Federal whistle blowers involved in costly legal fights with their agencies may be able to have their lawyers paid by the government, even if they eventually lose their case.

The General Accounting Office has given the Special Counsel of the Merit System Protection Board authority to "request" payment of legal fees by government. That could take a substantial financial burden off civil servants who are fighting disciplinary action from their agencies for blowing the whistle on alleged waste, fraud or mismanagement.

GAO's ruling is a foot-in-the-door that will be a boon to bureaucrats who aren't independently wealthy and to Washington's legal community, which often shies away from whistle-blower cases because clients can't pay their bills.

The MSPB has authority to order an agency to pay legal fees after it has heard an employe's case. But allowing the special counsel to request payments would be a big help -- to employes -- since it brings cases to the board for action. The counsel's office, by definition, also is more sympathetic to employes than the Board, which has more of the role of independent judge.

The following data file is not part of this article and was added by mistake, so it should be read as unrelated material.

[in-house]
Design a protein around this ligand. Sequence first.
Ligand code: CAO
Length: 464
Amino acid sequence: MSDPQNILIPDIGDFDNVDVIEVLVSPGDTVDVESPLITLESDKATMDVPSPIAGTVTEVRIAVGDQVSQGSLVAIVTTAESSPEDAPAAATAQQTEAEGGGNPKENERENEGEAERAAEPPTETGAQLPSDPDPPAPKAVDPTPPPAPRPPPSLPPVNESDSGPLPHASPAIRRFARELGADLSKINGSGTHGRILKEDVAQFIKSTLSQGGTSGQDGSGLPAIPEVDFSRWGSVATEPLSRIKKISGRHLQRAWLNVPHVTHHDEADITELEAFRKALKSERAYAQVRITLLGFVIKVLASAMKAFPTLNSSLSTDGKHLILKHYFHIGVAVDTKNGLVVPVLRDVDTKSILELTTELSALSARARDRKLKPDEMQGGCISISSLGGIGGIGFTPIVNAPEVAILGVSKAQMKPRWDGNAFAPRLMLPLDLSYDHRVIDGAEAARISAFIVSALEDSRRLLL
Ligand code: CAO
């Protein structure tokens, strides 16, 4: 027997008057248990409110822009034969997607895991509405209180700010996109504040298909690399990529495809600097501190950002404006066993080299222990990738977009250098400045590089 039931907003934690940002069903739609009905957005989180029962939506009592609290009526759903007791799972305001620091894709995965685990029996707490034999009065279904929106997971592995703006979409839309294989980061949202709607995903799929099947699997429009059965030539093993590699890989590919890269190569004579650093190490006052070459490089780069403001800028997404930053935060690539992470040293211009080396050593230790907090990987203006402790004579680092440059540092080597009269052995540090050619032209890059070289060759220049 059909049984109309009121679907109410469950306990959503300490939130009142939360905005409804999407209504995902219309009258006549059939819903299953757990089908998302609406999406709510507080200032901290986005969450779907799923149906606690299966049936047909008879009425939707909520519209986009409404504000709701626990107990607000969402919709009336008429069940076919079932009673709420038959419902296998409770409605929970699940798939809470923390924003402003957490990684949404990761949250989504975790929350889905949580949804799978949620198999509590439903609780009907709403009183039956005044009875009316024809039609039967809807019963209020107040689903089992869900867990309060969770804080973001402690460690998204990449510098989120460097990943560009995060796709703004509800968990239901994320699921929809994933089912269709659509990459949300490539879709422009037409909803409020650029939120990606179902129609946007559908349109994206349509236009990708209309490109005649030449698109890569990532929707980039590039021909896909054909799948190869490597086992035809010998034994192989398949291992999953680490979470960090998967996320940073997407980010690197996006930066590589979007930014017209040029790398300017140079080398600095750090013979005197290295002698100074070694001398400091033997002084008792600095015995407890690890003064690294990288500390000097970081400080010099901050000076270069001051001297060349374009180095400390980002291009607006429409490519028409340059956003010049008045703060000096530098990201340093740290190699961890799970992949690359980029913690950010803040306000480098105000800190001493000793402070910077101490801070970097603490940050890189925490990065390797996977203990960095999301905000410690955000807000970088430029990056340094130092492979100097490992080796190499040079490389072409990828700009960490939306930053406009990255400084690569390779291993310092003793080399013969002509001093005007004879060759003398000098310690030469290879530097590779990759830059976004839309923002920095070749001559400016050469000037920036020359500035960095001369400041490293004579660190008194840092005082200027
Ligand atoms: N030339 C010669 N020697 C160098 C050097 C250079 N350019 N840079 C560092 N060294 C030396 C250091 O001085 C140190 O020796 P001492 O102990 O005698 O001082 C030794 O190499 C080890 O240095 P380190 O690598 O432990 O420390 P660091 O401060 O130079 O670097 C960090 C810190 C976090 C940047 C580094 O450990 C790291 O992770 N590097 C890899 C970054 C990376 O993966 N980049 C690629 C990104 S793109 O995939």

GAO's action doesn't give H. Patrick Swygert, the special counsel, authority to "order" payment of legal fees, but it does allow his office to request the payments. Under the setup the special counsel, with the MSPB approval, can order agencies to take corrective actions, such as reinstating employes, or ordering them to stop harassing workers. Corrective action in the future also could include payment of legal fees.

The MSPB and its Office of Special Counsel were created by the president's Civil Service Reform Act. Idea was to provide a special agency with investigation authority and power to order corrective action against agencies that punish workers for pointing out serious problems.

Critics say that both the Board and the Special Counsel have been hampered by lack of funds and personnel (and some internal infighting). Many federal workers are willing to lay their careers on the line when they see wrong-doing. But very few can afford the lawyers bills that result from a long fight with Uncle Sam. This new action won't make the system perfect, but it should help.